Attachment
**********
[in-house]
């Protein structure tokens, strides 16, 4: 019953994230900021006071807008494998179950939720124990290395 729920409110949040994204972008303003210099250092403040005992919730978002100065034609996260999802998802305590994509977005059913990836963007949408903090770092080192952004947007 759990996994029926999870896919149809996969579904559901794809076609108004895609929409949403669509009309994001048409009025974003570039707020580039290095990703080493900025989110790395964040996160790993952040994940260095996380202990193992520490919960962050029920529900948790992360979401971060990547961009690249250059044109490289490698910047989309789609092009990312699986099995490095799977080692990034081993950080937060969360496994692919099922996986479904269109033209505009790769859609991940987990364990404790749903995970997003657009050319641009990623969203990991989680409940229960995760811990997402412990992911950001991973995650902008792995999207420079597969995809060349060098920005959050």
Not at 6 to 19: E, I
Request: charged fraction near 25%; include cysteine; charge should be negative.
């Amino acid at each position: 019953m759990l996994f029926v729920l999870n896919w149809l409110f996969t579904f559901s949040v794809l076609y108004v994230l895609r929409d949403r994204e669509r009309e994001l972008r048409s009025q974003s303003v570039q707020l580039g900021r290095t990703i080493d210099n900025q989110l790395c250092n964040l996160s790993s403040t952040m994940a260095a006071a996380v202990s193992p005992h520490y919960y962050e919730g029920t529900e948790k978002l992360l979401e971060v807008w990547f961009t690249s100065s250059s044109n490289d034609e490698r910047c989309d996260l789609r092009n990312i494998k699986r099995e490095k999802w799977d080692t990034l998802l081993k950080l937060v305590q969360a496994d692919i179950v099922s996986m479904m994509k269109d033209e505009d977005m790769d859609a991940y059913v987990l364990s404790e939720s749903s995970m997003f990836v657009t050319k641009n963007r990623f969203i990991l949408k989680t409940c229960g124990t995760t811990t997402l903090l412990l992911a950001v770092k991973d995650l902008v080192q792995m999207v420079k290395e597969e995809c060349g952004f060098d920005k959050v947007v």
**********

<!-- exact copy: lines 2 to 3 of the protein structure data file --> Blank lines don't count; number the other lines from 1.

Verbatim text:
């Protein structure tokens, strides 16, 4: 019953994230900021006071807008494998179950939720124990290395 729920409110949040994204972008303003210099250092403040005992919730978002100065034609996260999802998802305590994509977005059913990836963007949408903090770092080192952004947007 759990996994029926999870896919149809996969579904559901794809076609108004895609929409949403669509009309994001048409009025974003570039707020580039290095990703080493900025989110790395964040996160790993952040994940260095996380202990193992520490919960962050029920529900948790992360979401971060990547961009690249250059044109490289490698910047989309789609092009990312699986099995490095799977080692990034081993950080937060969360496994692919099922996986479904269109033209505009790769859609991940987990364990404790749903995970997003657009050319641009990623969203990991989680409940229960995760811990997402412990992911950001991973995650902008792995999207420079597969995809060349060098920005959050």
Not at 6 to 19: E, I